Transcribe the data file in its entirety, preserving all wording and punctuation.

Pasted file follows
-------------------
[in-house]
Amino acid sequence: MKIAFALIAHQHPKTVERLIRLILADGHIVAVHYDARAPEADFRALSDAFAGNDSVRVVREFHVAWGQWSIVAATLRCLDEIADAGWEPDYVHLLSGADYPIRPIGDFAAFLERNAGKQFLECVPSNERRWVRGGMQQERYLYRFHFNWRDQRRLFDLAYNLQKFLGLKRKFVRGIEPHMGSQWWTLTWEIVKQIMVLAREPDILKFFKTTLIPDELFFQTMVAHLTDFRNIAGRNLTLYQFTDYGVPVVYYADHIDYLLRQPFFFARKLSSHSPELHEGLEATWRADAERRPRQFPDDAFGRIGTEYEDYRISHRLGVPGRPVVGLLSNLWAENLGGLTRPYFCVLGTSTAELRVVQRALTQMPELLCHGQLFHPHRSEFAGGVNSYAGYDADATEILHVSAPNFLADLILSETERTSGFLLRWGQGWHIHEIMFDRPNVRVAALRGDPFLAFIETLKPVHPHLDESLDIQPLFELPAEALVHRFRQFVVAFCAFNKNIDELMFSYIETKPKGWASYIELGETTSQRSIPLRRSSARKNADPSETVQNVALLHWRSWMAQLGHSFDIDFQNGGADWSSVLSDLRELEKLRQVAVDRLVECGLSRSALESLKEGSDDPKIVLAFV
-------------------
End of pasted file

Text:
[in-house]
Amino acid sequence: MKIAFALIAHQHPKTVERLIRLILADGHIVAVHYDARAPEADFRALSDAFAGNDSVRVVREFHVAWGQWSIVAATLRCLDEIADAGWEPDYVHLLSGADYPIRPIGDFAAFLERNAGKQFLECVPSNERRWVRGGMQQERYLYRFHFNWRDQRRLFDLAYNLQKFLGLKRKFVRGIEPHMGSQWWTLTWEIVKQIMVLAREPDILKFFKTTLIPDELFFQTMVAHLTDFRNIAGRNLTLYQFTDYGVPVVYYADHIDYLLRQPFFFARKLSSHSPELHEGLEATWRADAERRPRQFPDDAFGRIGTEYEDYRISHRLGVPGRPVVGLLSNLWAENLGGLTRPYFCVLGTSTAELRVVQRALTQMPELLCHGQLFHPHRSEFAGGVNSYAGYDADATEILHVSAPNFLADLILSETERTSGFLLRWGQGWHIHEIMFDRPNVRVAALRGDPFLAFIETLKPVHPHLDESLDIQPLFELPAEALVHRFRQFVVAFCAFNKNIDELMFSYIETKPKGWASYIELGETTSQRSIPLRRSSARKNADPSETVQNVALLHWRSWMAQLGHSFDIDFQNGGADWSSVLSDLRELEKLRQVAVDRLVECGLSRSALESLKEGSDDPKIVLAFV